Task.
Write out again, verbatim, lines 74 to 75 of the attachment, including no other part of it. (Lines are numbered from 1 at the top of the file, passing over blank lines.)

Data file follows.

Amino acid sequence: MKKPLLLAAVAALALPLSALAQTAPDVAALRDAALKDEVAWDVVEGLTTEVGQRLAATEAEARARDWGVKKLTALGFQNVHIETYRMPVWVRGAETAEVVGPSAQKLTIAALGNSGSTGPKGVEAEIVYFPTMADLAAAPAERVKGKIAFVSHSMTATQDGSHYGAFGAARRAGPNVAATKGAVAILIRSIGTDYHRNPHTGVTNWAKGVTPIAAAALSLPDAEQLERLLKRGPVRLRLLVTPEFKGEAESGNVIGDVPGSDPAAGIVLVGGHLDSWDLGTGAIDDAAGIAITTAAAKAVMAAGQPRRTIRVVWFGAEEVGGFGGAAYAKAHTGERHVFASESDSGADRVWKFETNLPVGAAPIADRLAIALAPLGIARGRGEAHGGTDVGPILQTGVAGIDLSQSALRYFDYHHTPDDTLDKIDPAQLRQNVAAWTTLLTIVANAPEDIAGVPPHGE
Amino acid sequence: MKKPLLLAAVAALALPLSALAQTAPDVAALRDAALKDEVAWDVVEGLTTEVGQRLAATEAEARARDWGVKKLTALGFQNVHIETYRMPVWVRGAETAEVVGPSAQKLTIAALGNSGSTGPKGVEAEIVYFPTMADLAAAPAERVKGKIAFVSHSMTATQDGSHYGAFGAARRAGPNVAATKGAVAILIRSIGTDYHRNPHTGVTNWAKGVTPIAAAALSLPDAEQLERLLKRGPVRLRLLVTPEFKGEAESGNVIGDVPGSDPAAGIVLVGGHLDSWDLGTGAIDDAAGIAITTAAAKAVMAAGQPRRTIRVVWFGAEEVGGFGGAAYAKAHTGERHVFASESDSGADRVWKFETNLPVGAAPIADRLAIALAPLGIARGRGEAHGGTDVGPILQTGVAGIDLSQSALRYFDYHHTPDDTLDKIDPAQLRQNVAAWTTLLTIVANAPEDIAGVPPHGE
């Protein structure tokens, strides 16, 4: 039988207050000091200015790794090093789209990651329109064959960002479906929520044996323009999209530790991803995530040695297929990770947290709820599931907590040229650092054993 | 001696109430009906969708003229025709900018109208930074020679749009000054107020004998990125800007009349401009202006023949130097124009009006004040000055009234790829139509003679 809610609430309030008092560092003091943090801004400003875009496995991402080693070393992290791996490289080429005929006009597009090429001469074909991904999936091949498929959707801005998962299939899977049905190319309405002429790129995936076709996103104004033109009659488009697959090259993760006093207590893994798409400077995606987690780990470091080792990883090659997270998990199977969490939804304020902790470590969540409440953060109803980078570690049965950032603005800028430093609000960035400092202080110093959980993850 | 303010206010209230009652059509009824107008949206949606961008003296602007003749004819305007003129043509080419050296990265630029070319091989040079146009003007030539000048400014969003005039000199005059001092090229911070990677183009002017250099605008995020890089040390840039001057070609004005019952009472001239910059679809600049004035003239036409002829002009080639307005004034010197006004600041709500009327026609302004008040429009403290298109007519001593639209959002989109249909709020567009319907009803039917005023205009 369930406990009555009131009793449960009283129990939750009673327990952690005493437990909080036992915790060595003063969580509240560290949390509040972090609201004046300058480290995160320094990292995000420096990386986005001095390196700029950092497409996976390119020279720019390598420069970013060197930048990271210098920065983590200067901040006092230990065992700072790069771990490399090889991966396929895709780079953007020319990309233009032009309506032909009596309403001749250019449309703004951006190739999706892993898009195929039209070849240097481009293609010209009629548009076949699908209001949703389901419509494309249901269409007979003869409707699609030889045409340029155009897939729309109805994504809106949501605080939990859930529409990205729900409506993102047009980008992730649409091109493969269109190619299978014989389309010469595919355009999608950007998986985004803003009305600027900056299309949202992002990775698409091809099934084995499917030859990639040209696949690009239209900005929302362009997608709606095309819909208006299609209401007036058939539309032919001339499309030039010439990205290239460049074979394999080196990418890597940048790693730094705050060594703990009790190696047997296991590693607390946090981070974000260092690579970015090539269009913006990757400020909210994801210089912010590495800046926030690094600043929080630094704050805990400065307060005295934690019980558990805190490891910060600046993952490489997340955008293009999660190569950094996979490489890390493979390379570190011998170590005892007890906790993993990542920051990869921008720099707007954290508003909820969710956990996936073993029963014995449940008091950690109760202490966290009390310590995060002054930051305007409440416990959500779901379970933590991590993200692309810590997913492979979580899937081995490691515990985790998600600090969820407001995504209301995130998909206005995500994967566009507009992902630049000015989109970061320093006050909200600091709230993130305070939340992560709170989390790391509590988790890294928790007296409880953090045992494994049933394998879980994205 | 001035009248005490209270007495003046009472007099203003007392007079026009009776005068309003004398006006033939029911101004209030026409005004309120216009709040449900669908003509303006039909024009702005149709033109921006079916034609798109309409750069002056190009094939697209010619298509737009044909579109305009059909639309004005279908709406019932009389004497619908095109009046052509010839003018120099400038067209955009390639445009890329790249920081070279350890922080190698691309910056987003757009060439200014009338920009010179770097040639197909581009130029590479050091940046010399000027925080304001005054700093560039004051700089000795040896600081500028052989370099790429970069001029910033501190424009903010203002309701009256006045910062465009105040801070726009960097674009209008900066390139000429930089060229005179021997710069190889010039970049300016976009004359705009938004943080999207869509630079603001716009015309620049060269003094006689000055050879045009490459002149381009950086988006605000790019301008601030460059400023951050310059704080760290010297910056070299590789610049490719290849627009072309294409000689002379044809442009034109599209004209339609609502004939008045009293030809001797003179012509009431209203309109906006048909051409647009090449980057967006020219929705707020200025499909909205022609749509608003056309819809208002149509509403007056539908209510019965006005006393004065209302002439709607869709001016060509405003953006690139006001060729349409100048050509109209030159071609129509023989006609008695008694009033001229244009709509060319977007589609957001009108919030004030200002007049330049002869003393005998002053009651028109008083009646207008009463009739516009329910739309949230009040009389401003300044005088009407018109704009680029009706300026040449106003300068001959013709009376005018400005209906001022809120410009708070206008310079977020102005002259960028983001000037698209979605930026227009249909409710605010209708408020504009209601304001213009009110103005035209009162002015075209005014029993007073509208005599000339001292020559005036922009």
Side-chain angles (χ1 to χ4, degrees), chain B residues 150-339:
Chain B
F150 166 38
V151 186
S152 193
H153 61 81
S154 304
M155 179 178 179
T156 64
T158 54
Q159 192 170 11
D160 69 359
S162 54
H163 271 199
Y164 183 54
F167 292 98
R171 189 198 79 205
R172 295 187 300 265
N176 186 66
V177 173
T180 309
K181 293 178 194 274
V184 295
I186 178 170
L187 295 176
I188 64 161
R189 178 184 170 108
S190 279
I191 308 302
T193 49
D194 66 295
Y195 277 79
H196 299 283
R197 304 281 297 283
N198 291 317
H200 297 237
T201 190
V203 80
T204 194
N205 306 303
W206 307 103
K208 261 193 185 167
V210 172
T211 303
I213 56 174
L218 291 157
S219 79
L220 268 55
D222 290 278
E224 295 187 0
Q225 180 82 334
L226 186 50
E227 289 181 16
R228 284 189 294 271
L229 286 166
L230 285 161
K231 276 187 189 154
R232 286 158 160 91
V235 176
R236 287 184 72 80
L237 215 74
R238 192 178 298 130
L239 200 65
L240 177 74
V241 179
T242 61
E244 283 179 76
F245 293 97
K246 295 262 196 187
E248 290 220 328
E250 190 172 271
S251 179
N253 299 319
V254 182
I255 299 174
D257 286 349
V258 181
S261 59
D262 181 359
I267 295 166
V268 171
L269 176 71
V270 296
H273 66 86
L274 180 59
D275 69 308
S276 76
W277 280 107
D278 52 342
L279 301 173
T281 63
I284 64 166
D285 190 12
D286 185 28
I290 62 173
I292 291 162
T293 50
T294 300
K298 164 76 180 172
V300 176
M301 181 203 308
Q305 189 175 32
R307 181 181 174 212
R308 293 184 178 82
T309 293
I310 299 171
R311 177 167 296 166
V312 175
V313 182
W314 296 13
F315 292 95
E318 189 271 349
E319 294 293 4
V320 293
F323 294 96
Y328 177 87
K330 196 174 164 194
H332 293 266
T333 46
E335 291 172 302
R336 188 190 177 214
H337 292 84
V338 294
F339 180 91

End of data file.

E250 190 172 271
S251 179